– adroste
    Commented Mar 13, 2021 at 13:53
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    @adroste couldn't agree more - even if there are a couple of relatively fast GPU configurations, the majority of Apple devices have rather slow and incapable Intel or Intel-alike graphics onboard. Though couldn't say that OpenGL implementation was much buggier than on other systems in my experience - rather (annoyingly) stricter to specifications. But probably I have too limited experience / smaller test coverage.
    – gkv311
    Commented Mar 13, 2021 at 17:32
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    This answer is quite comprehensive. I've added some additional thoughts in a secondary answer to this question (stackoverflow.com/a/66761752/1678054). Commented Mar 23, 2021 at 10:58

@gkv311's answer is quite comprehensive. I'll add the following thoughts (full disclosure, I am the lead dev on the MoltenVK and MoltenGL projects):

  • IMHO, the Vulkan eco-system is your best bet for future-proofing game dev across the largest number of platforms. Here is a good summary of API layering options, based on that approach, allowing options for running OpenGL or DX over Vulkan, and/or Vulkan over Metal, DX, OpenGL, etc.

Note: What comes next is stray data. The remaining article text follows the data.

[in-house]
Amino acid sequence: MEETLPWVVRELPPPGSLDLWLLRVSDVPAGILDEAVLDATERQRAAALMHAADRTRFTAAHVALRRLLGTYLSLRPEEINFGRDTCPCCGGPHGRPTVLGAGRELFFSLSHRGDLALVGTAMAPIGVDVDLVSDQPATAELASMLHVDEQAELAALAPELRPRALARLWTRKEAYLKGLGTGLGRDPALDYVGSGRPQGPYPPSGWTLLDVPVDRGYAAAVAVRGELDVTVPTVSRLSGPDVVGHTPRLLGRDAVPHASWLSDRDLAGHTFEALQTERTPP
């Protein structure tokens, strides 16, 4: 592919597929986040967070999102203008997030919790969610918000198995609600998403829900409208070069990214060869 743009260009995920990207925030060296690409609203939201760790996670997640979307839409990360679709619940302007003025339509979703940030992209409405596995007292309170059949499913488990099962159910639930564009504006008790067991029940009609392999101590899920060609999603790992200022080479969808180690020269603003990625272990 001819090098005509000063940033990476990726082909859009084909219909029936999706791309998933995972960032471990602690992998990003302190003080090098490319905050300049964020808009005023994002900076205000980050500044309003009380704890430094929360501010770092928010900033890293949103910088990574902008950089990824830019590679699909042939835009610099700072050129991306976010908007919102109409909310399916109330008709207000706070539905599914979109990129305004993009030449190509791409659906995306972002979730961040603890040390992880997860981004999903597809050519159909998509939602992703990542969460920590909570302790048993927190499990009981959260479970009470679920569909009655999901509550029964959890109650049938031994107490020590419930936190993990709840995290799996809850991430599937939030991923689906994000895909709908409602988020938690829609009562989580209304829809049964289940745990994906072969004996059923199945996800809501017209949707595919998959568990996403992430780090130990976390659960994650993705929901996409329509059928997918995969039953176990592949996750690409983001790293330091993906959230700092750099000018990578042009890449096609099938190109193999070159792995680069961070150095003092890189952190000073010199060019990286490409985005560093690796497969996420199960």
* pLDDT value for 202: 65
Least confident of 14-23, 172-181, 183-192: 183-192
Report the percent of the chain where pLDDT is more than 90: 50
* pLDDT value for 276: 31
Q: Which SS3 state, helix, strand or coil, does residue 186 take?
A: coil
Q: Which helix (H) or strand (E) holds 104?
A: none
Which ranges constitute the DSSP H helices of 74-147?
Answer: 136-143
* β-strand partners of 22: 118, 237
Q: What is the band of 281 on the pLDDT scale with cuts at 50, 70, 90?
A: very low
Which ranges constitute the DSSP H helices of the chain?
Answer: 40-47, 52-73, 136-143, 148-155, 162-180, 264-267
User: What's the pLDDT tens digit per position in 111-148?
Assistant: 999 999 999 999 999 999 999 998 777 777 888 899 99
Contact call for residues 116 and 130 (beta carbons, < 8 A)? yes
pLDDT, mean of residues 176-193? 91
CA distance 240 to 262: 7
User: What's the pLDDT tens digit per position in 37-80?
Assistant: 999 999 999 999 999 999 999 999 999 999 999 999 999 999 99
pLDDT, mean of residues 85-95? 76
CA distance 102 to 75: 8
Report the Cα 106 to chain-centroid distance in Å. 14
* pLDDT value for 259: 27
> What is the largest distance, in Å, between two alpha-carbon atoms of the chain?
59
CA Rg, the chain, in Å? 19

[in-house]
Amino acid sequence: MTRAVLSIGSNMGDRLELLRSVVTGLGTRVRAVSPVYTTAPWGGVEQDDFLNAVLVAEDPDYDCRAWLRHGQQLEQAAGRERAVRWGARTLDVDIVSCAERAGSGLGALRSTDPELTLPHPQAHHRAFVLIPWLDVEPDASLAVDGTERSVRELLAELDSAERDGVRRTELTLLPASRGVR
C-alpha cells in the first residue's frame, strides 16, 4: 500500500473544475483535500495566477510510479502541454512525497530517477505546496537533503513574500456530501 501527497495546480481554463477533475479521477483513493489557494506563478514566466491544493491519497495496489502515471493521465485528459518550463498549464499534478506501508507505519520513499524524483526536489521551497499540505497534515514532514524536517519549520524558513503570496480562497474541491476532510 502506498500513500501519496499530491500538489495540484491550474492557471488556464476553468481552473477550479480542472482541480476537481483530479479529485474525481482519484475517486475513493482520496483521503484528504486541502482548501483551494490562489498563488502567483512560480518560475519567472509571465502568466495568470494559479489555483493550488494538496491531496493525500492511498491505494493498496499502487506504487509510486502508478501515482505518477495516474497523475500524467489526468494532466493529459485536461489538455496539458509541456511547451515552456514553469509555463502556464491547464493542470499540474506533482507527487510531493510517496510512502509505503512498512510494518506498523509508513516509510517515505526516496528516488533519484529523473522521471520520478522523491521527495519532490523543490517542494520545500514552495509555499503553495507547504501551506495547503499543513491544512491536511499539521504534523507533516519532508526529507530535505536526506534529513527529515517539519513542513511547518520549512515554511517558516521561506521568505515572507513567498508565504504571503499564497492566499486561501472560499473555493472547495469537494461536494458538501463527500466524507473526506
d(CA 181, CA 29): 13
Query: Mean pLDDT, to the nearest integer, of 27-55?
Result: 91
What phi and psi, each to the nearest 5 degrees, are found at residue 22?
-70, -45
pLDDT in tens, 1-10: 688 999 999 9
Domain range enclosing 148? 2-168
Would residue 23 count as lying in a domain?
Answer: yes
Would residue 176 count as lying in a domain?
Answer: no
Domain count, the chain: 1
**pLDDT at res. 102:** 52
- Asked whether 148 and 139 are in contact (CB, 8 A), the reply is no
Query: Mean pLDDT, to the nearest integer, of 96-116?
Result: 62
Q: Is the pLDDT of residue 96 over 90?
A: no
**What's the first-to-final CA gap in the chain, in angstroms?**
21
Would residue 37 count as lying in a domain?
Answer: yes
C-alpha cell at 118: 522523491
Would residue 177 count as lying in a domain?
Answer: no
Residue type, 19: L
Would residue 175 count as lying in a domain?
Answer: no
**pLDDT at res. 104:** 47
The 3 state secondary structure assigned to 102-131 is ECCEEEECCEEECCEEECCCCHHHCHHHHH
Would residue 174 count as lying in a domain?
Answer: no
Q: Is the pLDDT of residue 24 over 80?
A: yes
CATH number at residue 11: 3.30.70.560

• Some of these layering options can be stacked. For instance, Zink and DXVK can run on top of MoltenVK, providing OpenGL-over-Vulkan-over-Metal and DX-over-Vulkan-over-Metal functionality.
  • As far as Vulkan goes, MoltenVK has good performance, and good industry traction, being used by a number of AAA games ported from Windows origins, or running on top of Wine. If anyone has any questions, or wants to query some of those game developers, I suggest asking a question in the MoltenVK Discussions area.
  • MetalANGLE has emerged as another open-source option for OpenGL ES.
  • If you are a small game dev, and read this comment, (and others similar). Beware, Vulkan on Android is both buggy and incomplete- even with more recent phones (2024). If you plan on supporting Android, you will end up having to use OpenGL. Commented Apr 28 at 3:23